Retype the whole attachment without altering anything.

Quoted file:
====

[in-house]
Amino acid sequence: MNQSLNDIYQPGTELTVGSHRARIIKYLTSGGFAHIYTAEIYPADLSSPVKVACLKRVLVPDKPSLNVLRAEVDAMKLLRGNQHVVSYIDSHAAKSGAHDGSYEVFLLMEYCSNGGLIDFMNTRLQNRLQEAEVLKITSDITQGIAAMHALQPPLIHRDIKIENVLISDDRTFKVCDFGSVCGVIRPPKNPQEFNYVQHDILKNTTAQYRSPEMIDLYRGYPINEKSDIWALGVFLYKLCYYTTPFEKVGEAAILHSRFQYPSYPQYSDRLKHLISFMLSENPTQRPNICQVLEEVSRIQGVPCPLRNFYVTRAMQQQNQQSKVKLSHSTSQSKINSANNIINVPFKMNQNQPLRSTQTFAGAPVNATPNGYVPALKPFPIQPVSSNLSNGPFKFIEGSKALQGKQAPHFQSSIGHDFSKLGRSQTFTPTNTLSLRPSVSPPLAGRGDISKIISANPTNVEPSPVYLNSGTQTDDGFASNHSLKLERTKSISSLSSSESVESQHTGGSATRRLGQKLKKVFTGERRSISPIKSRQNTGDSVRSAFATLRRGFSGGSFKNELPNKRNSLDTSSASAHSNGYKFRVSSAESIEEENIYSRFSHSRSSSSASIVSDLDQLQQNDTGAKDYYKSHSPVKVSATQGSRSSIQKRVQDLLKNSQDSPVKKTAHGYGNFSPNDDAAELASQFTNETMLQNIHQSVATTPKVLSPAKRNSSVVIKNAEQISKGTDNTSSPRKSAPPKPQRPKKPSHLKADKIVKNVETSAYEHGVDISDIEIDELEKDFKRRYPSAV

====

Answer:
[in-house]
Amino acid sequence: MNQSLNDIYQPGTELTVGSHRARIIKYLTSGGFAHIYTAEIYPADLSSPVKVACLKRVLVPDKPSLNVLRAEVDAMKLLRGNQHVVSYIDSHAAKSGAHDGSYEVFLLMEYCSNGGLIDFMNTRLQNRLQEAEVLKITSDITQGIAAMHALQPPLIHRDIKIENVLISDDRTFKVCDFGSVCGVIRPPKNPQEFNYVQHDILKNTTAQYRSPEMIDLYRGYPINEKSDIWALGVFLYKLCYYTTPFEKVGEAAILHSRFQYPSYPQYSDRLKHLISFMLSENPTQRPNICQVLEEVSRIQGVPCPLRNFYVTRAMQQQNQQSKVKLSHSTSQSKINSANNIINVPFKMNQNQPLRSTQTFAGAPVNATPNGYVPALKPFPIQPVSSNLSNGPFKFIEGSKALQGKQAPHFQSSIGHDFSKLGRSQTFTPTNTLSLRPSVSPPLAGRGDISKIISANPTNVEPSPVYLNSGTQTDDGFASNHSLKLERTKSISSLSSSESVESQHTGGSATRRLGQKLKKVFTGERRSISPIKSRQNTGDSVRSAFATLRRGFSGGSFKNELPNKRNSLDTSSASAHSNGYKFRVSSAESIEEENIYSRFSHSRSSSSASIVSDLDQLQQNDTGAKDYYKSHSPVKVSATQGSRSSIQKRVQDLLKNSQDSPVKKTAHGYGNFSPNDDAAELASQFTNETMLQNIHQSVATTPKVLSPAKRNSSVVIKNAEQISKGTDNTSSPRKSAPPKPQRPKKPSHLKADKIVKNVETSAYEHGVDISDIEIDELEKDFKRRYPSAV